"Cosmic-ray positrons from annihilation of weakly interacting massive particles in the galaxy"
The production of cosmic-ray positrons from the annihilation of weakly interacting massive particles (WIMP’s) is considered. Conventional supersymmetric-neutralino annihilation generally yields an unobservably small e+ flux. However, a massive WIMP (≳20 GeV) with a large annihilation cross section into a single e+e- pair produces a distinctive and observable shelf in the cosmic-ray e+ spectrum. Only Dirac neutrinos obviously generate such a feature, but it may also appear in more elaborate neutralino models. Such models are constrained by upper limits on the low-energy antiproton flux.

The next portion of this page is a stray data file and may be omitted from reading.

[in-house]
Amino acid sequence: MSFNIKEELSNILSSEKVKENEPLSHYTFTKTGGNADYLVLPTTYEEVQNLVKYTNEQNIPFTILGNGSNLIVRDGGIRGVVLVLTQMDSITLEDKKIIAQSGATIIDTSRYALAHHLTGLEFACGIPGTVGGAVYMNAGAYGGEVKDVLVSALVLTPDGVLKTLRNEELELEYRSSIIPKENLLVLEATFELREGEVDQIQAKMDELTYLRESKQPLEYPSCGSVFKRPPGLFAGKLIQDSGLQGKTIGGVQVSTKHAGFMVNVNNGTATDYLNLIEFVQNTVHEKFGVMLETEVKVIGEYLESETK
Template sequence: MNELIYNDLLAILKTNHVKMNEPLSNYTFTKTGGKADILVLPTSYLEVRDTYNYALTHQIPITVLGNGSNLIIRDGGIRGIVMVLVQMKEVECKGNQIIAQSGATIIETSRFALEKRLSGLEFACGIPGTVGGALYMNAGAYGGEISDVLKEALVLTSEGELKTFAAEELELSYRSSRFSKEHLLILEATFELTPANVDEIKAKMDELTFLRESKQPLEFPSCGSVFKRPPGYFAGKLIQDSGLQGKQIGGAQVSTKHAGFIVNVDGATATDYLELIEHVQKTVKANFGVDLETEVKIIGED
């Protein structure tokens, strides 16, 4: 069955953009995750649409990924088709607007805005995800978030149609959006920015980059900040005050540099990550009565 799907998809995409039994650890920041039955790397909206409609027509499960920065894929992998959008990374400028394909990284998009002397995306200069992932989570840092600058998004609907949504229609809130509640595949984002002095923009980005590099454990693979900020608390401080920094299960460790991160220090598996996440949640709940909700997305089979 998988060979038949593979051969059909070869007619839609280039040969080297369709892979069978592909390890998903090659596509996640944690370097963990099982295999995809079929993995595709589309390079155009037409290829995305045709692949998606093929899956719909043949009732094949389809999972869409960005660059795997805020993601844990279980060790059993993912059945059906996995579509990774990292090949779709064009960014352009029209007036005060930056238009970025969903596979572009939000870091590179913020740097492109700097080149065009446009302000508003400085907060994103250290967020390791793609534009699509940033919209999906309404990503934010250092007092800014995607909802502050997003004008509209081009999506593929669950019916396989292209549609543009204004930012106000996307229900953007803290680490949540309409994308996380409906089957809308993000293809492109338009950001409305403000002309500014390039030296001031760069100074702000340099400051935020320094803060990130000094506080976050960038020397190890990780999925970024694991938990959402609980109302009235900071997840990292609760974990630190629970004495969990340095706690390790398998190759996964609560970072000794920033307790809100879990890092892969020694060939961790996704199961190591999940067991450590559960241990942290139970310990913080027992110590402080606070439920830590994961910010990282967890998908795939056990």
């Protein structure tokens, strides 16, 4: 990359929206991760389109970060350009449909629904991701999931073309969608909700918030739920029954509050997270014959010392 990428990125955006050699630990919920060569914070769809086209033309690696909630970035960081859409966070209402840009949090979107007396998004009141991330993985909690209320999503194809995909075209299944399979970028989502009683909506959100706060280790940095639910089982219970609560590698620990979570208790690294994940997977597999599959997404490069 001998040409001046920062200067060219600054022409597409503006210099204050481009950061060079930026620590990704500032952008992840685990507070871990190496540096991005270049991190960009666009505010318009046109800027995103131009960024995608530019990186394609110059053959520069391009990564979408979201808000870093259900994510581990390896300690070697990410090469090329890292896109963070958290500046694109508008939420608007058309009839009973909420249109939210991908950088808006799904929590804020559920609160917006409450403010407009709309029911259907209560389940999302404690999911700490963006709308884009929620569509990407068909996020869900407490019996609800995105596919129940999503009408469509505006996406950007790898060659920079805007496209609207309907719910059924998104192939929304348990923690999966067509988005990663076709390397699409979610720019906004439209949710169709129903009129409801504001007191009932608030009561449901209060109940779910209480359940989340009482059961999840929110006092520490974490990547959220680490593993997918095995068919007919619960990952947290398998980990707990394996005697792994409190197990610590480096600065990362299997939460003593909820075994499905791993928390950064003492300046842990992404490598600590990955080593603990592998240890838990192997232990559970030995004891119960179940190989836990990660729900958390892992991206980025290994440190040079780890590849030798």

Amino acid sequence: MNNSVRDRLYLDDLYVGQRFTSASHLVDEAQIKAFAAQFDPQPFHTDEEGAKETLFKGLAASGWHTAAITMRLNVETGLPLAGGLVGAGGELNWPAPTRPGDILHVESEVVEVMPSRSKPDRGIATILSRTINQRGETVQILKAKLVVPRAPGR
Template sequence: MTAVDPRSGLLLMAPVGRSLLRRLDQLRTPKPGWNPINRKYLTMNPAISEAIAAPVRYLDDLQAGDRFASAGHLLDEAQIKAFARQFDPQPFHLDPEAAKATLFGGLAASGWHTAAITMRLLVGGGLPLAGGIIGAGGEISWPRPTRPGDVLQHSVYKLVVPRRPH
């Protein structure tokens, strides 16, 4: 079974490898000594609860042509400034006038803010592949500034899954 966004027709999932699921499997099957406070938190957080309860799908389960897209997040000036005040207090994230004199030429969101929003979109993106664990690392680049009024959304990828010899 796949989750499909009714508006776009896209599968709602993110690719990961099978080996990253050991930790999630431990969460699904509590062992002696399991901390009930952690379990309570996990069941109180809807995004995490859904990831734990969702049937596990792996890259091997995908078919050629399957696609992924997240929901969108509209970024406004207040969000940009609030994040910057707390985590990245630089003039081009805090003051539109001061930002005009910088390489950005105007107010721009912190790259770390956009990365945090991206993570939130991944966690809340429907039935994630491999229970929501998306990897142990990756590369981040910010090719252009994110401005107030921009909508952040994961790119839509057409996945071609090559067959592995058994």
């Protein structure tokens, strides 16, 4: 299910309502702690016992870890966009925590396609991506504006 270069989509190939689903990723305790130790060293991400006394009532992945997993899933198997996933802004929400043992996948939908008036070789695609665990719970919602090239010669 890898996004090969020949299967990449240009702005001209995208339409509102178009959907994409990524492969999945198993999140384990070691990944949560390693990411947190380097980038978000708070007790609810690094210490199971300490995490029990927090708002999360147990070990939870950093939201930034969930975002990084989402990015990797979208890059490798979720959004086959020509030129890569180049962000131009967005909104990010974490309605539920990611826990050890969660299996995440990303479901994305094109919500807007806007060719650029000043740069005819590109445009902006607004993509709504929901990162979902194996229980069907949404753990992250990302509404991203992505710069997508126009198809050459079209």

This actually means that there is a non-zero chance of getting one or even e few e+/e- pairs out of WIMP annihilation, not that you necessarily get pairs as El Reg's words imply:
WIMPs have their own antimatter partner particles. When matter and antimatter bits meet up, they destroy each other, in theory leaving behind, in the case of WIMPs, a pair of resultant particles: an electron and a positron (a positive electron).
"In a few weeks, we will be able to make an announcement"
"For the moment, we found nothing".